• 2. Journal of Environment and Earth Science www.iiste.org ISSN 2224-3216 (Paper) ISSN 2225-0948 (Online) Vol. 3, No.8, 2013 12 sectorally, so often encountered a conflic of interest among the programs. This was compounded by the fact that each formal institution had program priorities which were also conflicting with each other, and seemed to walk alone without any process of mutual interaction and coordination. Participation is very important because it can clarify the objectives of project, reduce project costs, prevent or reduce management conflict (which might occur between construction workers and local communities), increase technology transfer to the community and promote a culture of independent living and community commitment (Katsumoto, 2007). Participation can eliminate the mentality of dependency and increase a sense of awareness and self-confidence (Mefenguza, 2007). Participation increases the efficiency, effectiveness, sustainability and scope of projects and programs and increase the capacity of stakeholders, independece and empowerment (FAO, 2000). Participation provides a balanced development and creates a sense of self-determination, community development and self-development (CPA, 2009). However, there are some barriers to community participation in development programs. Participatory approach creates a balanced relationship and interdependence between the government and the public. As a reult, administrative decentralization encourages the emergence of sectoral ego of each institution having its own mission. Besides that, tehre some internal factors such as socio-cultural factors and external factors such as government bureaucracies that inhibit community participation in development programs (Lestari, 2012). 2. Literature Review Agriculture development based on tourism is a trend affecting many European countries, the data showed a significant trend toward a more responsible and sustainable behavior on ecotourism activities (Giudici and Dessi, 2011). Agrotourism is a catalyst for economic growth and income supplement (Das and Rainey, 2010) and a successful industry in increasing revenue (Chesky, 2009). Agrotourism considered mean, if it can maintain agricultural activities and promote diversification of economic activities (Van der Ploeg and Renting, 2004). Agrotourism opportunities can be found in the most unexpected places and not exclusively as remote rural areas (Henderson, 2009). Development of rural tourism and agrotourism can contribute to rural development (Xarba and Shehu, 2011). Agrotourism activities are diversified or consumption of natural resources and the local culture as well as the development of personal relationships between visitors and the local community (Iakovidou, 1997 in Lathiras et. al., 2010), but it can improve the quality of life by creating jobs, as well as the impact on aspects social and economic, as well as the multifunctional development of rural sustainable development (Wyporska and Mosiej, 2010; Sosnowski and Ciepiela, 2011). Economic motives become the main reason to participate agrotourism (Pillar et. al., 2012). Agrotourism development is one way to increase rural areas and help local people to earn extra income (Czapiewska, 2010). Sustainable development of agrotourism should emphasize economic growth together with the preservation of local culture and environment, equitable benefit sharing and public participation (Chemnasiri, 2013). Development in agro-ecology and restoration should take into account the wishes of the people with the support and promotion of institutional development for environmental protection (Paraschiv, Gaina, and Zaharia, 2011). Factors that determine the sustainability of the ecology and ecosystems is determined by considering the influence of agrotourism activities (Christofakis, 2010). Tourism and agrotourism activities are very exciting for the locals in the develop the region, especially in the form of increased tourism facilities. In addition they support some form of participatory management related to local agrotourism (Gorner and Cihar, 2013). Agrotourism development plays an important role in enriching the industrial forms of agriculture, increase revenue, promote the optimization and upgrading of industrial structure countryside (Wang et. al., 2012). Successful experience of agrotourism Toscana, among others : (1) Accelerate national legislation and local agritourism, agritourism development through standardization of laws and regulations, and make institutional provisions of the aspects of food, shelter, transportation, travel, shopping and entertainment, (2) find the position of agritourism accurate, ensuring agriculture's dominant position, (3) strengthening the destination network infrastructure, the establishment of a professional website agrotourism, the advantages of internet marketing, (4) strengthening the agro locality, maintaining local styles or habits, emphasizing a relaxed and recreation, (5) ensuring that agritourism activities, and improve education and learning the meaning of agritourism (Yu, Xia, and Xu, 2012). Agrotourism activities in southern Thailand has resulted in improved local agriculture by increasing agricultural resource conservation, agricultural diversification, added value to agricultural resources, as well as the promotion of tourism businesses are more profitable (Na Songkhla and Somboonsuke, 2012). Environmental management, local community involvement, sound legislation, sustainable marketing and realistic planning is very important for the development of agrotourism. Agrotourism is emerging as an important instrument for sustainable development, including poverty alleviation, job creation, regional development environment and regeneration secluded (Joshi and Bhujbal, 2012). Agrotourism development in Yunnan China demonstrated that agritourism is not only provide additional income and new employment opportunities for rural communities, but also have improved environmental conservation and cultural minorities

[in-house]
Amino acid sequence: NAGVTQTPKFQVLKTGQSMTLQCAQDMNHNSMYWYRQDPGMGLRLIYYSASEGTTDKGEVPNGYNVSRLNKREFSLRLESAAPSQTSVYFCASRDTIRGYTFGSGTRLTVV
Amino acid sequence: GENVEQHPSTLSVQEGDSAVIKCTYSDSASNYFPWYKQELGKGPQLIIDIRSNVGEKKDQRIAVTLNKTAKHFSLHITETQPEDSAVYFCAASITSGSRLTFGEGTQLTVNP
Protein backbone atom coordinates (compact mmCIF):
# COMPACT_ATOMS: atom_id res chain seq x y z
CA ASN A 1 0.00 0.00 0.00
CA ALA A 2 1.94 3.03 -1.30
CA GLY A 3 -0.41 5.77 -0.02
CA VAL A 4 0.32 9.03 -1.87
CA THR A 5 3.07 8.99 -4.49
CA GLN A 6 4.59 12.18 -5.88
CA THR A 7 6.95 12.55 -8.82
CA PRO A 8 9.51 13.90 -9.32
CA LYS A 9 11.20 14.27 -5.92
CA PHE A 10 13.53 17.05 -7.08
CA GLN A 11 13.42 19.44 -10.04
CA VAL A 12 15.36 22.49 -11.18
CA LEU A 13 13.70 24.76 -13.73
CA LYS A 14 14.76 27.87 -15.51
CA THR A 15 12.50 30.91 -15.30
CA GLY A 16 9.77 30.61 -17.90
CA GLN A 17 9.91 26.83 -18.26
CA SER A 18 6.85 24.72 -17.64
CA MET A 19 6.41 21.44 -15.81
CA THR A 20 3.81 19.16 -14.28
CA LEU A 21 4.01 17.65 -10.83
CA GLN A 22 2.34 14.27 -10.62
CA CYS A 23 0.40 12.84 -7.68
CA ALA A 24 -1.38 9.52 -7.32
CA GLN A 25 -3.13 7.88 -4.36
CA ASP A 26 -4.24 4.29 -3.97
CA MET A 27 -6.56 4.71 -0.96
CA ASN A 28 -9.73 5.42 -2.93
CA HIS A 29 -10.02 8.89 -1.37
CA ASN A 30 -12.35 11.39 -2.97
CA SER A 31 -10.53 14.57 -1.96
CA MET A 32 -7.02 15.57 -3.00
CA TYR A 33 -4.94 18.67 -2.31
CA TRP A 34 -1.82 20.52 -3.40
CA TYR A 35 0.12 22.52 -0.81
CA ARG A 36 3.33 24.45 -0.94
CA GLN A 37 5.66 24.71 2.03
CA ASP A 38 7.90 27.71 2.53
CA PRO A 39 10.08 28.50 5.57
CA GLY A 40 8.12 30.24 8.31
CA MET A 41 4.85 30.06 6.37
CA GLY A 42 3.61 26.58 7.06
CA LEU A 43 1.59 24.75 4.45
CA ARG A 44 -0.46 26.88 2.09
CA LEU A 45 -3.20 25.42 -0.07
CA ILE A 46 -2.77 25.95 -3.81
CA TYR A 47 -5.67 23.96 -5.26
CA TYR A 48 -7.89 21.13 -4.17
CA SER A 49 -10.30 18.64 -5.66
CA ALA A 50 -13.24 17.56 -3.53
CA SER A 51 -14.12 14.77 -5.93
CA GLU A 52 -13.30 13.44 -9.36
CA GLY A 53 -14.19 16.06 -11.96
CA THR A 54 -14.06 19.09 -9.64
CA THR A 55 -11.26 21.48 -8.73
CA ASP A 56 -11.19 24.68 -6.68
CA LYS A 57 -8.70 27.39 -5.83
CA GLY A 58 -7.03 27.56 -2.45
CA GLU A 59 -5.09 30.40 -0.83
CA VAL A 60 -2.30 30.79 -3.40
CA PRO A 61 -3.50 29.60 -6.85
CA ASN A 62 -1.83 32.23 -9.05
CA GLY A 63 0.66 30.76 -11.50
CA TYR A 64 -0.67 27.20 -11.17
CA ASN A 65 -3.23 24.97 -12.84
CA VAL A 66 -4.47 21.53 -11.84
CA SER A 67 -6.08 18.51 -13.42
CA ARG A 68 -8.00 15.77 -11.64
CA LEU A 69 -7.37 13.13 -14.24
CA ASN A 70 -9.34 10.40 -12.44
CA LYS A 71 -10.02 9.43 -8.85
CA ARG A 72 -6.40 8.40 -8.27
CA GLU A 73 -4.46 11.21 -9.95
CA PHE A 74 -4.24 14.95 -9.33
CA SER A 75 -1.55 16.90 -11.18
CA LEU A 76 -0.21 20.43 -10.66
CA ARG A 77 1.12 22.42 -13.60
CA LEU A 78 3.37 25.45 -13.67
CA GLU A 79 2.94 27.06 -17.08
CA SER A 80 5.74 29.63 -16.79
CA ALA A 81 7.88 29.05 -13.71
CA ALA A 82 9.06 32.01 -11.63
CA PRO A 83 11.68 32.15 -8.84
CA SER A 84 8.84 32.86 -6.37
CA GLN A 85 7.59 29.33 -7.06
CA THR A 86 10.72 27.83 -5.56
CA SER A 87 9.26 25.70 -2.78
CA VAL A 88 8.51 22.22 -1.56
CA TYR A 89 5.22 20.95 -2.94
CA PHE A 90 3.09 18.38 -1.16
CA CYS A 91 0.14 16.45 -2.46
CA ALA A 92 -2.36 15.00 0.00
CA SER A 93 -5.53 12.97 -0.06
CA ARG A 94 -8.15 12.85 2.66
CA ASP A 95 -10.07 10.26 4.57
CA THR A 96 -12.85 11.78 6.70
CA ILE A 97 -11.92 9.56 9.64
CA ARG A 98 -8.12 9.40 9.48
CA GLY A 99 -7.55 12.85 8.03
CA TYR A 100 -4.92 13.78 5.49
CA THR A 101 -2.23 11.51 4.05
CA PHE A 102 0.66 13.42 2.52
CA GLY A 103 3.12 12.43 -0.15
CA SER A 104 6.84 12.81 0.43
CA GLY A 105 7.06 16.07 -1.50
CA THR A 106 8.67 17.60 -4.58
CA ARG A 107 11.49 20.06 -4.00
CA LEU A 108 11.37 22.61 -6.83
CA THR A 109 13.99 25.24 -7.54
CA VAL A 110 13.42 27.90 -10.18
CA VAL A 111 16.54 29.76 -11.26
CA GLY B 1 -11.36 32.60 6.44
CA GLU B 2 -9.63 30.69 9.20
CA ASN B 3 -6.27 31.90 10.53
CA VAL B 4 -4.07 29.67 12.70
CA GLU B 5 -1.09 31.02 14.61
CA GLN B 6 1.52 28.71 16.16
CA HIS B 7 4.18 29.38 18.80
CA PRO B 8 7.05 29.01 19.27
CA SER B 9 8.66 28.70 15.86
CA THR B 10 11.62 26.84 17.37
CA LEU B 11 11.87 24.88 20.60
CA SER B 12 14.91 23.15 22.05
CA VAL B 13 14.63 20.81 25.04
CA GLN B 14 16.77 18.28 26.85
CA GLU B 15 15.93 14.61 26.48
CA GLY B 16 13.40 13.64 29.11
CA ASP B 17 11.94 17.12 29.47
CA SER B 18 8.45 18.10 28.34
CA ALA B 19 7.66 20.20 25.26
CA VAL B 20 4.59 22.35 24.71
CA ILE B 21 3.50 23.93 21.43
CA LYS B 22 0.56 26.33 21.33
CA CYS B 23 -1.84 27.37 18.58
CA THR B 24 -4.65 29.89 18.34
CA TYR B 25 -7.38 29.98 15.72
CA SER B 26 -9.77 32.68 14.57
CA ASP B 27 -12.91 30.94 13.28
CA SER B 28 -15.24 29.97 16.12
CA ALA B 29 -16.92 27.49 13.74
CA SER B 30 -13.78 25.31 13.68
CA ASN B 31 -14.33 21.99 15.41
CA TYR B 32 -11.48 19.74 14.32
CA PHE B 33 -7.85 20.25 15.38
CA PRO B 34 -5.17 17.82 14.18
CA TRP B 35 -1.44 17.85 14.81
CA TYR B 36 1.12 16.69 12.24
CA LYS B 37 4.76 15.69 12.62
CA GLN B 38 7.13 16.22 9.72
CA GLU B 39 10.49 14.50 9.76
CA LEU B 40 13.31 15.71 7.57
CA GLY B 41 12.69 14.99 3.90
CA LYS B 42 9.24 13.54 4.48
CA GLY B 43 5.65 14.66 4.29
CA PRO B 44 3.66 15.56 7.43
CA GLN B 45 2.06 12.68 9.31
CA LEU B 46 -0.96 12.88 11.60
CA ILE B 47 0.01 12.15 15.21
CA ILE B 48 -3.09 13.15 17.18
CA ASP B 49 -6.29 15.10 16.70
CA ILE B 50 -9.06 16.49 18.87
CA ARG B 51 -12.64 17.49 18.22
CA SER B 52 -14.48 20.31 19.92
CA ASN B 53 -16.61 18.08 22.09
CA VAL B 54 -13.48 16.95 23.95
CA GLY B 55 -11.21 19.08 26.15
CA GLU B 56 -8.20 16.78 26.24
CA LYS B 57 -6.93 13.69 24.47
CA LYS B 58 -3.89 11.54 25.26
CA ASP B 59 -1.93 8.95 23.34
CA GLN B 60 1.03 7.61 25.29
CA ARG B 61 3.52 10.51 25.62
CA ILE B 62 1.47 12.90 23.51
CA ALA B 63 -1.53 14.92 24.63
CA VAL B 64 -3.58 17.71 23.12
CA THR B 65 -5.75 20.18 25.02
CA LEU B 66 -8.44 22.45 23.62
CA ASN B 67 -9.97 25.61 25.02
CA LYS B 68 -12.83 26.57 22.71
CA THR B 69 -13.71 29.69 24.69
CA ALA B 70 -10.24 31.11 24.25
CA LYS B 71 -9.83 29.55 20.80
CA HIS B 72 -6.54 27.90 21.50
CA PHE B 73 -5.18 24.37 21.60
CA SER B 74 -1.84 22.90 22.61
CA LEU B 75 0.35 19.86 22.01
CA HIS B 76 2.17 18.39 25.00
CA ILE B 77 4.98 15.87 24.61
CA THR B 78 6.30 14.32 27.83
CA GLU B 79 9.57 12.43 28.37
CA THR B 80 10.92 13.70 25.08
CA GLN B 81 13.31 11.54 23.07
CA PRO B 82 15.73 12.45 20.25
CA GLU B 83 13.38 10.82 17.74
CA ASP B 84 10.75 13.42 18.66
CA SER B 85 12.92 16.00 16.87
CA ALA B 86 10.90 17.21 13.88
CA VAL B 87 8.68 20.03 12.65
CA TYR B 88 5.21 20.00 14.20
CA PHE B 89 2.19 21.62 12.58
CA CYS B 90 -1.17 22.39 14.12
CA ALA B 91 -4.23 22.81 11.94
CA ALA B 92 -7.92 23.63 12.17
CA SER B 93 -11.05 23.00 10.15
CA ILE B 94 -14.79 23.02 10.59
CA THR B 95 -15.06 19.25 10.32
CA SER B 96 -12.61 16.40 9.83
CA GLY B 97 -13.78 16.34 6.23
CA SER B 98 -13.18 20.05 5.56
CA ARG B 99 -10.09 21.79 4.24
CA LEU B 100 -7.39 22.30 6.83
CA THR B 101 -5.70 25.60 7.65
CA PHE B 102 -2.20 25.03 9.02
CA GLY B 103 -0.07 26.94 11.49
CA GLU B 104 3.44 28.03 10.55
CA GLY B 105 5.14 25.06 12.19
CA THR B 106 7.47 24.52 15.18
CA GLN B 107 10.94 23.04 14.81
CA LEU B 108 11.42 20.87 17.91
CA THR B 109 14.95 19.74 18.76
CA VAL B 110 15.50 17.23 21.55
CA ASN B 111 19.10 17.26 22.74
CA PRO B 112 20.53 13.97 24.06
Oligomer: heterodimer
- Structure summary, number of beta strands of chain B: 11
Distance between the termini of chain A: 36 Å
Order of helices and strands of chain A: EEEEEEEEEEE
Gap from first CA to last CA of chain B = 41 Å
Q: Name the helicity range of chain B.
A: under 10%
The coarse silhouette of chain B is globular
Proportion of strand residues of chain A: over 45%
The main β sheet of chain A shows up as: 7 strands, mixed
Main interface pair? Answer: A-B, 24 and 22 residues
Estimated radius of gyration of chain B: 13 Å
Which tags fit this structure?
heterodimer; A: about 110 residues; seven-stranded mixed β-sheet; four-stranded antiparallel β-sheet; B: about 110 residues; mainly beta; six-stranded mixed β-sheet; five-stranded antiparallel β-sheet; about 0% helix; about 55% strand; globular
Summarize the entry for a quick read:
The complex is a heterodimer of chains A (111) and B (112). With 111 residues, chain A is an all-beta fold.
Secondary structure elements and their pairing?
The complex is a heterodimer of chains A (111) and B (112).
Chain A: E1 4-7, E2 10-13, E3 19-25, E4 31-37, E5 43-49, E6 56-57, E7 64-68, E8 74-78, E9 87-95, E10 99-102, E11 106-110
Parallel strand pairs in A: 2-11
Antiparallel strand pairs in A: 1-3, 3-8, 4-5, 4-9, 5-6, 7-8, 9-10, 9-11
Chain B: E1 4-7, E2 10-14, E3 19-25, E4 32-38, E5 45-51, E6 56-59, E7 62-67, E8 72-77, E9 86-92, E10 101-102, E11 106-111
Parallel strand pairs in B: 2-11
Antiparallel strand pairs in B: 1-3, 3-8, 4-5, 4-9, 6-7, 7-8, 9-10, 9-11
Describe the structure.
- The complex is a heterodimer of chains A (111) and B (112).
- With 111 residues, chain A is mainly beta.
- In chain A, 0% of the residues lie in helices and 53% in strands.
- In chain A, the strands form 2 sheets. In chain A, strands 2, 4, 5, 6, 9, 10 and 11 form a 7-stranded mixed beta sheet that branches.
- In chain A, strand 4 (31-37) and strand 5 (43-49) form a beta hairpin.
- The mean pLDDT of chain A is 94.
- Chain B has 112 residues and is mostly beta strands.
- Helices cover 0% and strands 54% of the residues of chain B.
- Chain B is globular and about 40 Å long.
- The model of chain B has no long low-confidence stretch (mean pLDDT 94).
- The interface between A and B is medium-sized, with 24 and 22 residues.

• 3. Journal of Environment and Earth Science www.iiste.org ISSN 2224-3216 (Paper) ISSN 2225-0948 (Online) Vol. 3, No.8, 2013 13 and the rural lifestyle (Yang, 2012). Various problems of difficulty in the development of agrotourism in Iran include; hygiene and lack of health, lack of cultural attraction, the lack of proper understanding of the phenomenon of tourism, lack of program planning, lack of consistent research and monitoring system (Papzan et. al., 2012). 3. Methodology There were 120 respondents in this study, who were selected randomly 10 respondents from each of 6 formal institutions and 6 non formal institutions. Formal institutions examined in this study were: Regional Planning and development Agency (A), Public Company Jasa Tirta I (B), Department of Agriculture (C), Department of Tourism (D), Department of Plantation (E), and the Department of Marine and Fisheries (F). Non Formal institutions included: Traders Group (a), Fish Farmers Group (b), Farmers Group (c), the Group of Traditional Artists (d), Housewives Group (e), and Youth Group (f). Method of data collection used interviews with questionnaires. Method of data analysis used SWOT analysis. SWOT analysis was a strategic planning method used to evaluate Strengths (S), Weaknesses (W), Opportunities (O), and Threats (T) that existed in a project or institution. his analysis involved the specification of external and internal factors that supported and hindered institutional participation in the development of agrotourism in the activities of management, achieving the goals of agrotourism development, development of objec and tourist attractions, and community empowerment. Agrotourism management activities included planning, organizing, coordinating, and controlling. The activities of the achievement of goals of agrotourism development included increasing conservation, adding aesthetic values and natural beauty, providing recreational values, and developing the local economy (Damanik and Weber, 2006). The activities of the development of objects and attractions included agricultural cultivation, forestry cultivation, fish farming, and the arrangement of tourist areas. Community empowerment activities included the provision of capital, community development, socialization, education and training in tourism. Data on institutional participation in the agrotourism development were grouped into five classifications ie No Participation by the weight value of 1, the Low Participation by the weight value of 2, the medium Participation by the weight value of 3, the High Participation by the weight value of 4, and the Very High Participation by the weight value of 5. By using frequency distribution tables, the raw data of institutional participation were then given scores obtained from the total weight of the value of the frequency multiplied by the value of 100 (the maximum value) and then divided by the total maximum value of the item in question. The values of institutional participation were then classified into three groups, namely: Low Participation ranged from 0 to 50, Medium Participation ranged from 51 to 75, and High Participation ranged from 76 to 100. From the analysis of participation was then obtained Strengths, Weaknesses, Opportunities, and Threats. SWOT identification was very important for the next step in the plenning process to achieve goals that had been set (Katsumoto, 2007). Some researchers who used SWOT analysis in their research on tourism were With, Kreiner, , and Wall (2007), Mansfeld et. al. (2000), Rahmat (2000), and Joshi and Bhujbal (2012). 4. Result and Discussion 1. Institutional Participation in Agrotourism Development The highest participation in management was in the planning activities for formal institutions, whereas the non- formal institutions in organizing activities. The formal institution that had the highest participation in management was the Department of Tourism (= D), while the non-formal institution was the Traditional Artists Group (d) (Table 1). Table 1: Institutional Parfticipation in Agrotourism Management No Indicators INSTITUTIONAL PARTICIPATION IN AGROTOURISM MANAGEMENT FORMAL INSTITUTIONS NON FORMAL INSTITUTIONS A B C D E F Mean a b c d e f Mean 1 Planning 70 78 42 68 30 38 54,33 76 50 40 68 20 38 48,67 2 Organizing 42 44 80 74 40 24 50,67 82 34 76 84 20 24 53,33 3 Coordinating 38 63 32 56 36 22 41,33 48 46 44 58 20 28 40,67 4 Controlling 42 82 44 78 32 24 50,33 62 46 54 60 22 32 46,33 Mean 48 67 49,5 69 34,5 27 67 44 53,5 67,5 20,5 30,5